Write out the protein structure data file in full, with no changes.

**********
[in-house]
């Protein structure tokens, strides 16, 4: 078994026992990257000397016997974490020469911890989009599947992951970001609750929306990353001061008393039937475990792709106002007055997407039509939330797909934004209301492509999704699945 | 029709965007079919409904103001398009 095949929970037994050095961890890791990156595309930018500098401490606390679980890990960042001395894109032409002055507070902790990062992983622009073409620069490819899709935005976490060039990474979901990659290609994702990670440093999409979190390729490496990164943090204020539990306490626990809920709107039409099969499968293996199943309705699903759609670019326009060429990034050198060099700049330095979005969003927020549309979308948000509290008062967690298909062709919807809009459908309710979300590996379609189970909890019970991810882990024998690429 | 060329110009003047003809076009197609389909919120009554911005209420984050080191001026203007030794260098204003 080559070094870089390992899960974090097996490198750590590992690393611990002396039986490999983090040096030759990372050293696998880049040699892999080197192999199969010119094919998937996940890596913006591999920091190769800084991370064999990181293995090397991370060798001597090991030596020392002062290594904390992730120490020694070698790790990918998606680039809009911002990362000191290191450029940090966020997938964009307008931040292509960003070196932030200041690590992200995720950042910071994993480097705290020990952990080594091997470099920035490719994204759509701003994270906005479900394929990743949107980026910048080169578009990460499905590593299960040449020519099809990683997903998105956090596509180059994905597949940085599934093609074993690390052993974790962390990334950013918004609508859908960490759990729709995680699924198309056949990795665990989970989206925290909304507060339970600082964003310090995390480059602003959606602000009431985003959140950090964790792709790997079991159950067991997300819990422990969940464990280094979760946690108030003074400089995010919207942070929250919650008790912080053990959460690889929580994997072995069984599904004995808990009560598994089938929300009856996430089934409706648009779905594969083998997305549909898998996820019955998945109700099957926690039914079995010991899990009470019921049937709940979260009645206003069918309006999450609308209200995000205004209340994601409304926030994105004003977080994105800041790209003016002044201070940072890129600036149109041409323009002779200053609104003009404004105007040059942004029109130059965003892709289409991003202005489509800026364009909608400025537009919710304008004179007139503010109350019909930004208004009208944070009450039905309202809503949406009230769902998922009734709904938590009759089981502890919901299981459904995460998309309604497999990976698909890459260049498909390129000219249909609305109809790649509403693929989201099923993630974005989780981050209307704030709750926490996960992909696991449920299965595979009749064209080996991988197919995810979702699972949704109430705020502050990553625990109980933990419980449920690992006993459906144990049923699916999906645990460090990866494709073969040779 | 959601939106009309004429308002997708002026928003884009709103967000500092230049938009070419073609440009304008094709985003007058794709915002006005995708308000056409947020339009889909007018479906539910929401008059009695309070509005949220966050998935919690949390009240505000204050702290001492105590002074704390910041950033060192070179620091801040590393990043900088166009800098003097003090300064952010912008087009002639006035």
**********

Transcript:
[in-house]
């Protein structure tokens, strides 16, 4: 078994026992990257000397016997974490020469911890989009599947992951970001609750929306990353001061008393039937475990792709106002007055997407039509939330797909934004209301492509999704699945 | 029709965007079919409904103001398009 095949929970037994050095961890890791990156595309930018500098401490606390679980890990960042001395894109032409002055507070902790990062992983622009073409620069490819899709935005976490060039990474979901990659290609994702990670440093999409979190390729490496990164943090204020539990306490626990809920709107039409099969499968293996199943309705699903759609670019326009060429990034050198060099700049330095979005969003927020549309979308948000509290008062967690298909062709919807809009459908309710979300590996379609189970909890019970991810882990024998690429 | 060329110009003047003809076009197609389909919120009554911005209420984050080191001026203007030794260098204003 080559070094870089390992899960974090097996490198750590590992690393611990002396039986490999983090040096030759990372050293696998880049040699892999080197192999199969010119094919998937996940890596913006591999920091190769800084991370064999990181293995090397991370060798001597090991030596020392002062290594904390992730120490020694070698790790990918998606680039809009911002990362000191290191450029940090966020997938964009307008931040292509960003070196932030200041690590992200995720950042910071994993480097705290020990952990080594091997470099920035490719994204759509701003994270906005479900394929990743949107980026910048080169578009990460499905590593299960040449020519099809990683997903998105956090596509180059994905597949940085599934093609074993690390052993974790962390990334950013918004609508859908960490759990729709995680699924198309056949990795665990989970989206925290909304507060339970600082964003310090995390480059602003959606602000009431985003959140950090964790792709790997079991159950067991997300819990422990969940464990280094979760946690108030003074400089995010919207942070929250919650008790912080053990959460690889929580994997072995069984599904004995808990009560598994089938929300009856996430089934409706648009779905594969083998997305549909898998996820019955998945109700099957926690039914079995010991899990009470019921049937709940979260009645206003069918309006999450609308209200995000205004209340994601409304926030994105004003977080994105800041790209003016002044201070940072890129600036149109041409323009002779200053609104003009404004105007040059942004029109130059965003892709289409991003202005489509800026364009909608400025537009919710304008004179007139503010109350019909930004208004009208944070009450039905309202809503949406009230769902998922009734709904938590009759089981502890919901299981459904995460998309309604497999990976698909890459260049498909390129000219249909609305109809790649509403693929989201099923993630974005989780981050209307704030709750926490996960992909696991449920299965595979009749064209080996991988197919995810979702699972949704109430705020502050990553625990109980933990419980449920690992006993459906144990049923699916999906645990460090990866494709073969040779 | 959601939106009309004429308002997708002026928003884009709103967000500092230049938009070419073609440009304008094709985003007058794709915002006005995708308000056409947020339009889909007018479906539910929401008059009695309070509005949220966050998935919690949390009240505000204050702290001492105590002074704390910041950033060192070179620091801040590393990043900088166009800098003097003090300064952010912008087009002639006035």